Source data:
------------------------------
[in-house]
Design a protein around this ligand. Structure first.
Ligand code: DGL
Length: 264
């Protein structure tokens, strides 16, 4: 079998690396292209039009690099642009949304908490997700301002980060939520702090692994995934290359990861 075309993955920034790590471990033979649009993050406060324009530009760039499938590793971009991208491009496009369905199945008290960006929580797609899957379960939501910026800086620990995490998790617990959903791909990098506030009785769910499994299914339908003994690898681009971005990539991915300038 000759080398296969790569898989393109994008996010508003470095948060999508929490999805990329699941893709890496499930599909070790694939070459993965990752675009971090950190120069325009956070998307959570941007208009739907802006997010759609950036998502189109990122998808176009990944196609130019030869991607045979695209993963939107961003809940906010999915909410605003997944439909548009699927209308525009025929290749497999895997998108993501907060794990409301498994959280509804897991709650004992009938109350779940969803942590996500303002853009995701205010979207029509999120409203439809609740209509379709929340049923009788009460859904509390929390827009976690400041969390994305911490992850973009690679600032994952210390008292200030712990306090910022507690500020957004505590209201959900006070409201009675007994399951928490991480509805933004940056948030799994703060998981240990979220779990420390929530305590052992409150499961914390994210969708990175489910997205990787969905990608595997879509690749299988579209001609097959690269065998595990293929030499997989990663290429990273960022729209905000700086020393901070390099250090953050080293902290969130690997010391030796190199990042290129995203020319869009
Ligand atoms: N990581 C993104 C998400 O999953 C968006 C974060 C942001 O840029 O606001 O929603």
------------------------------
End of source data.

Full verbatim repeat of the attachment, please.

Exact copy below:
[in-house]
Design a protein around this ligand. Structure first.
Ligand code: DGL
Length: 264
């Protein structure tokens, strides 16, 4: 079998690396292209039009690099642009949304908490997700301002980060939520702090692994995934290359990861 075309993955920034790590471990033979649009993050406060324009530009760039499938590793971009991208491009496009369905199945008290960006929580797609899957379960939501910026800086620990995490998790617990959903791909990098506030009785769910499994299914339908003994690898681009971005990539991915300038 000759080398296969790569898989393109994008996010508003470095948060999508929490999805990329699941893709890496499930599909070790694939070459993965990752675009971090950190120069325009956070998307959570941007208009739907802006997010759609950036998502189109990122998808176009990944196609130019030869991607045979695209993963939107961003809940906010999915909410605003997944439909548009699927209308525009025929290749497999895997998108993501907060794990409301498994959280509804897991709650004992009938109350779940969803942590996500303002853009995701205010979207029509999120409203439809609740209509379709929340049923009788009460859904509390929390827009976690400041969390994305911490992850973009690679600032994952210390008292200030712990306090910022507690500020957004505590209201959900006070409201009675007994399951928490991480509805933004940056948030799994703060998981240990979220779990420390929530305590052992409150499961914390994210969708990175489910997205990787969905990608595997879509690749299988579209001609097959690269065998595990293929030499997989990663290429990273960022729209905000700086020393901070390099250090953050080293902290969130690997010391030796190199990042290129995203020319869009
Ligand atoms: N990581 C993104 C998400 O999953 C968006 C974060 C942001 O840029 O606001 O929603």